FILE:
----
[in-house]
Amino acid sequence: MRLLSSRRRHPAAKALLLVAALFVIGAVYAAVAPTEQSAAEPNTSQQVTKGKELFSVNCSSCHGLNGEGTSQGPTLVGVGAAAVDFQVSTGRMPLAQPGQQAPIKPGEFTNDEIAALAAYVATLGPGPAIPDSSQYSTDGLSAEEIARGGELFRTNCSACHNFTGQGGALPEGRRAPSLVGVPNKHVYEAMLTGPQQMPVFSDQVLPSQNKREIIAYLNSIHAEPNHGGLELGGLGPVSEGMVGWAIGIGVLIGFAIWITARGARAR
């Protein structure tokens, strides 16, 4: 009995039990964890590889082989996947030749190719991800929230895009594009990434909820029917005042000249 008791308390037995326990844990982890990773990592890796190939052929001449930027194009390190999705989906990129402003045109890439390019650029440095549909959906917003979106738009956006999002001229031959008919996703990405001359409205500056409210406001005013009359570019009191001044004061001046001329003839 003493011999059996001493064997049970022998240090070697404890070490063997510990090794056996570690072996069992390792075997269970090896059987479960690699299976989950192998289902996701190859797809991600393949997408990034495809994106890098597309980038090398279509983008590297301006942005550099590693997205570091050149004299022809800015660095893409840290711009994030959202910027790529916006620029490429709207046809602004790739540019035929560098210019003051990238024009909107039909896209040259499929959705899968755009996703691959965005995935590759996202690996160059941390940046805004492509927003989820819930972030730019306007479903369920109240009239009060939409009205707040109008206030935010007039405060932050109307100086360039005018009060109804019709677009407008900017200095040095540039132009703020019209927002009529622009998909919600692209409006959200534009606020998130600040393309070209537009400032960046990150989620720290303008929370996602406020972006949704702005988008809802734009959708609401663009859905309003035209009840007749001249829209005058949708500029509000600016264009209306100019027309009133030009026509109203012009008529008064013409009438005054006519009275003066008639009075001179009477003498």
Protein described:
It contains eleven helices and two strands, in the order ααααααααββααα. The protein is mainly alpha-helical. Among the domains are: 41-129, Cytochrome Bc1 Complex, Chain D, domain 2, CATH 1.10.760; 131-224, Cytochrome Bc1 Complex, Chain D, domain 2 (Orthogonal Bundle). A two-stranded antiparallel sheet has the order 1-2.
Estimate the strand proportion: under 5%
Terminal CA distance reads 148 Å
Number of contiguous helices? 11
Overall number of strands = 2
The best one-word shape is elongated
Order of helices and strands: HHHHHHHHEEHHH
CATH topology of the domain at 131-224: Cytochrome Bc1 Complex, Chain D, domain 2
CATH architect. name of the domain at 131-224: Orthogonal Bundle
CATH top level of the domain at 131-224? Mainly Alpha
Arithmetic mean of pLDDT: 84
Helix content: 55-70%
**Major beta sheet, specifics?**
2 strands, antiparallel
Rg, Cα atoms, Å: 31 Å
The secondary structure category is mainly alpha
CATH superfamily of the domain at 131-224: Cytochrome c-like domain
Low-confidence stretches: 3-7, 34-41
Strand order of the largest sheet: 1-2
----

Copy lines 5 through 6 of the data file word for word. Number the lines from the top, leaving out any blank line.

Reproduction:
It contains eleven helices and two strands, in the order ααααααααββααα. The protein is mainly alpha-helical. Among the domains are: 41-129, Cytochrome Bc1 Complex, Chain D, domain 2, CATH 1.10.760; 131-224, Cytochrome Bc1 Complex, Chain D, domain 2 (Orthogonal Bundle). A two-stranded antiparallel sheet has the order 1-2.
Estimate the strand proportion: under 5%